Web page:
Hitachi bullet train
Hitachi Rail's new trains are designed using Japanese bullet train technology
Jamie Hardesty

How a ‘manufacturing renaissance in the North East’ is charging Britain’s rail revolution

Transport Secretary Chris Grayling today (16 October) hailed the start of a ‘new era’ in rail passenger services, as he travelled on the first of Britain’s new £5.7bn Intercity Express trains.

The Minister, who travelled from Bristol Temple Meads to London Paddington with Great Western Railway (GWR) bosses and commuters, largely has the North East to thank for the breakthrough.

The new fleet, which is being built at Hitachi Rail Europe’s manufacturing facility at Newton Aycliffe in County Durham, is being rolled out across the Great Western and East Coast lines over the next 3 years.

The manufacturing facility at Newton Aycliffe has created more than 700 new direct jobs and more at depots across the routes, as well as supporting the UK supply chain. Moreover, more than 70% of the parts sourced for building the trains at the facility come from UK suppliers.

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Today’s launch is the beginning of a change for passengers which will deliver more than 4,000 extra seats into London Paddington in the morning peak from 2018, and more than 12,000 extra seats into London Kings Cross by the end of 2020.

The first services of the 57 new Class 800 Hitachi trains are being introduced from now into 2018 and will mark the start of the biggest fleet upgrade in a generation for GWR as the InterCity 125 fleet is replaced. Once completed in 2018, trains will then be introduced on the East Coast Mainline.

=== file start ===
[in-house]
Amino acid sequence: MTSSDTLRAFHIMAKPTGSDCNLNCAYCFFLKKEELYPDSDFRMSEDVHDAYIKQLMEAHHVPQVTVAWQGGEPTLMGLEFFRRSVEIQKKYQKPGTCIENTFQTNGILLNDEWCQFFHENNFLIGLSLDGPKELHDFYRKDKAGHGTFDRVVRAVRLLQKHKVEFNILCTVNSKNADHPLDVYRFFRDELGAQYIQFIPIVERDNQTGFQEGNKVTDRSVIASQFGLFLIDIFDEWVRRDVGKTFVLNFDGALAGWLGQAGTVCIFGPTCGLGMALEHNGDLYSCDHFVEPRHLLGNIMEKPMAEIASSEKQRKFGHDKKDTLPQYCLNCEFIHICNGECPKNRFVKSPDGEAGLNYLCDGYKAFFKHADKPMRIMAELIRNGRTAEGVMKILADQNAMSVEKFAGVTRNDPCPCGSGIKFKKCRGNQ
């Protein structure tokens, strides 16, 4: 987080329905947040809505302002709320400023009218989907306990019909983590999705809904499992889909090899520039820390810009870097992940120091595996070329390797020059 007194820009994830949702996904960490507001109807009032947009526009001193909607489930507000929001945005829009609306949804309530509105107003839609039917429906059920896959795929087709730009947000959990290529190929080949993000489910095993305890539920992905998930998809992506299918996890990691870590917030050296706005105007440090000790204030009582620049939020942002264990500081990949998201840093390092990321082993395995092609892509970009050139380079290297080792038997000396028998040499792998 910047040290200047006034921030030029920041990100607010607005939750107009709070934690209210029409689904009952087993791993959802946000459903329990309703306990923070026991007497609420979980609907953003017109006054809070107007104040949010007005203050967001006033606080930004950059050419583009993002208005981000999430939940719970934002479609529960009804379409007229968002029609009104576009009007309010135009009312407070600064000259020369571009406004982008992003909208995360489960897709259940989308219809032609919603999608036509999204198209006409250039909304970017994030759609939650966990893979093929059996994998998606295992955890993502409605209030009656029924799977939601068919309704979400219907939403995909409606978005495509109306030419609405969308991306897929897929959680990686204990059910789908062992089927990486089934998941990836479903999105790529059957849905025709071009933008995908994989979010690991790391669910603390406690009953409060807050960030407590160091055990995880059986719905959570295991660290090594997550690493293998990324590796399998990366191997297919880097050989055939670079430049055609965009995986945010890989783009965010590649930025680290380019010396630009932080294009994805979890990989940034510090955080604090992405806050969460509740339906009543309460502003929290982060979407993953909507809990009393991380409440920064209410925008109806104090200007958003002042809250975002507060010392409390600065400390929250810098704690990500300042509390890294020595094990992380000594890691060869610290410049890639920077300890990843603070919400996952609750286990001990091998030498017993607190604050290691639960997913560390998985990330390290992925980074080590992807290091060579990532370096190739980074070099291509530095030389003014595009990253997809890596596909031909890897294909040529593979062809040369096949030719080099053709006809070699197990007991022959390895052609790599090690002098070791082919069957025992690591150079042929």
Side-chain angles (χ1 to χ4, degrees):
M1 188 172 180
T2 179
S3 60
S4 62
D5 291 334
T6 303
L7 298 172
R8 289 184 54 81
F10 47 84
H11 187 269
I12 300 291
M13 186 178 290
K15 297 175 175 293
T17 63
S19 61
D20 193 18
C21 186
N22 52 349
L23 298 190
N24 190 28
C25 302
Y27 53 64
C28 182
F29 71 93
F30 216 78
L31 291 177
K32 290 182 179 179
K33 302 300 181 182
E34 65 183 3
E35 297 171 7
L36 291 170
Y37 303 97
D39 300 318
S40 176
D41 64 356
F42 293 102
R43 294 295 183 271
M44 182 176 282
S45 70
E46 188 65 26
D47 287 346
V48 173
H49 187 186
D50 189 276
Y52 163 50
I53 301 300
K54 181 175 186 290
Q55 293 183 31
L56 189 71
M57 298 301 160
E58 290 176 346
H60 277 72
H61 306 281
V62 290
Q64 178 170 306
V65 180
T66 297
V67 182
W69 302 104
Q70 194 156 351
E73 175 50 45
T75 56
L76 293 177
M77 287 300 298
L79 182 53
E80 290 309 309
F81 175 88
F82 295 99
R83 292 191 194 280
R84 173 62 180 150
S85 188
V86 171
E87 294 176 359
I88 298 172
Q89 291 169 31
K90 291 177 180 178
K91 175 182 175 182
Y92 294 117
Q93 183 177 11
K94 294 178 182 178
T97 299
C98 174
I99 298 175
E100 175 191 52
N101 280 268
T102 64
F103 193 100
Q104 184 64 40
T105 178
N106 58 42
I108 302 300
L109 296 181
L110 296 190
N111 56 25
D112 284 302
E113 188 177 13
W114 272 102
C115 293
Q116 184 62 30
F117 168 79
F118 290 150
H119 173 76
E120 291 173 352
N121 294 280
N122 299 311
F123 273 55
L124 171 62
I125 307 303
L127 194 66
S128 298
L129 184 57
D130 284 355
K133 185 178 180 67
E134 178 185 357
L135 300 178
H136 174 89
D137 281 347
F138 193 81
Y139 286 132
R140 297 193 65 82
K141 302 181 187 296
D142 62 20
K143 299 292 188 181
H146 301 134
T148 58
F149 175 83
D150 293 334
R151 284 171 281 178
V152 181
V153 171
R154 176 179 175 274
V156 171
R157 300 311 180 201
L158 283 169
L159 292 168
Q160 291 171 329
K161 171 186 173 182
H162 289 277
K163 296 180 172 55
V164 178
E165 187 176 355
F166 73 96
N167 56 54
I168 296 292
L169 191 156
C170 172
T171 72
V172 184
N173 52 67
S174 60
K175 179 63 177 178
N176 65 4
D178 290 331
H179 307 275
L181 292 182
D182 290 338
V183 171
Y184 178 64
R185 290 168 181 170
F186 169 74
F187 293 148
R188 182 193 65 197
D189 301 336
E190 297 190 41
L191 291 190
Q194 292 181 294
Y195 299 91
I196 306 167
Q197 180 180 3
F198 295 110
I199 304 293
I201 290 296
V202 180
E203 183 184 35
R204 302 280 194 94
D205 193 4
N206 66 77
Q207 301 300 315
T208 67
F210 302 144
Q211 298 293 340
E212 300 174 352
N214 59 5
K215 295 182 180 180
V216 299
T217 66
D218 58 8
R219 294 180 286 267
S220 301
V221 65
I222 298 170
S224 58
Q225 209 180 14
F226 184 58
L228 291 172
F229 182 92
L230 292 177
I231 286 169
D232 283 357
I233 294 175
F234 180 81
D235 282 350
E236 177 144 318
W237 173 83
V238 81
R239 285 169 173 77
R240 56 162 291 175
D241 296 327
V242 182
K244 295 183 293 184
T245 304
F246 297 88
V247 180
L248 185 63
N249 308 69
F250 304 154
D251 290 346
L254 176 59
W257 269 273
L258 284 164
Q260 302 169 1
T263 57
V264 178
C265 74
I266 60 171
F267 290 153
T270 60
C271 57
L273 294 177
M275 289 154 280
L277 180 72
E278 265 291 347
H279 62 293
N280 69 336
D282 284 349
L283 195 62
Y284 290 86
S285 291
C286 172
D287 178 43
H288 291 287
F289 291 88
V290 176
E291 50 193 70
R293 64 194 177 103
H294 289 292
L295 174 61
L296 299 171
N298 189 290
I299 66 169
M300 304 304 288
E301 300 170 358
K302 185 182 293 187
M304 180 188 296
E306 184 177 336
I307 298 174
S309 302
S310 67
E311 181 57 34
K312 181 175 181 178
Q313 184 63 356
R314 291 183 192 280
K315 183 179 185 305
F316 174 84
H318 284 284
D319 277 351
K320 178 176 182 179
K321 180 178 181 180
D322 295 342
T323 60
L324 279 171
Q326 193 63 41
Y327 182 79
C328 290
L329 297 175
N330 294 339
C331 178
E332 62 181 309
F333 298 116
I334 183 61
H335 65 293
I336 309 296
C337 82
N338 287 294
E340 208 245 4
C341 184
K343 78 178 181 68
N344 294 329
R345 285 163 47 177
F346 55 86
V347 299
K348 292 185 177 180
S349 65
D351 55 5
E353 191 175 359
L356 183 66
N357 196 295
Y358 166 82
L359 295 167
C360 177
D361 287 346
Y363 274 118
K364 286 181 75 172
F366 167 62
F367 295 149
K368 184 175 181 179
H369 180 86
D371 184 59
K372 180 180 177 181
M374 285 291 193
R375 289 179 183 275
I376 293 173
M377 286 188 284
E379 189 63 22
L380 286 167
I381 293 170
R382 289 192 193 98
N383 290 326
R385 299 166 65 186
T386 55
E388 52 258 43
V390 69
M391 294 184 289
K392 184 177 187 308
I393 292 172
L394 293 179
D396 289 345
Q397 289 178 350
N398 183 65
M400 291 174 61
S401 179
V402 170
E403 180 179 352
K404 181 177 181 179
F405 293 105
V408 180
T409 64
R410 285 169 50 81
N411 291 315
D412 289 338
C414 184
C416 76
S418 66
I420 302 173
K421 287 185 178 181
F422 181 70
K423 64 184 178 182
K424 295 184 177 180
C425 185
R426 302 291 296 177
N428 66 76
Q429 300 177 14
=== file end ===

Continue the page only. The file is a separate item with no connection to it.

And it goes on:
Karen Boswell, Managing Director, Hitachi Rail Europe, said: “We, at Hitachi Rail, are really proud to have built trains in the UK, designed using Japanese bullet train technology, that are improving passengers’ journeys on the Great Western route.

“Nine years of hard work has gone into making today happen, from creating a brand new factory and workforce, to establishing modern maintenance facilities from Swansea to London.”

Karen added: “We’ve delivered pioneering 21st century trains for passengers to enjoy and sparked a manufacturing renaissance in the North East.”

Transport Secretary Chris Grayling commented: “This government is investing record amounts to modernise Britain’s rail network and give passengers the faster, more comfortable trains and the better journeys that they expect.

“These new state-of-the-art trains show our commitment to put passengers at the heart of everything that we do and will carry people across Britain, from Swansea to Aberdeen and London to Inverness.

“Our railways are a huge success but passengers rightly expect improved services and better trains – and only last week I announced another £48 billion for the network from 2019 that will focus on better maintenance to dramatically improve reliability.

“I’m pleased to be on the very first of these brand new trains to welcome them into action.”

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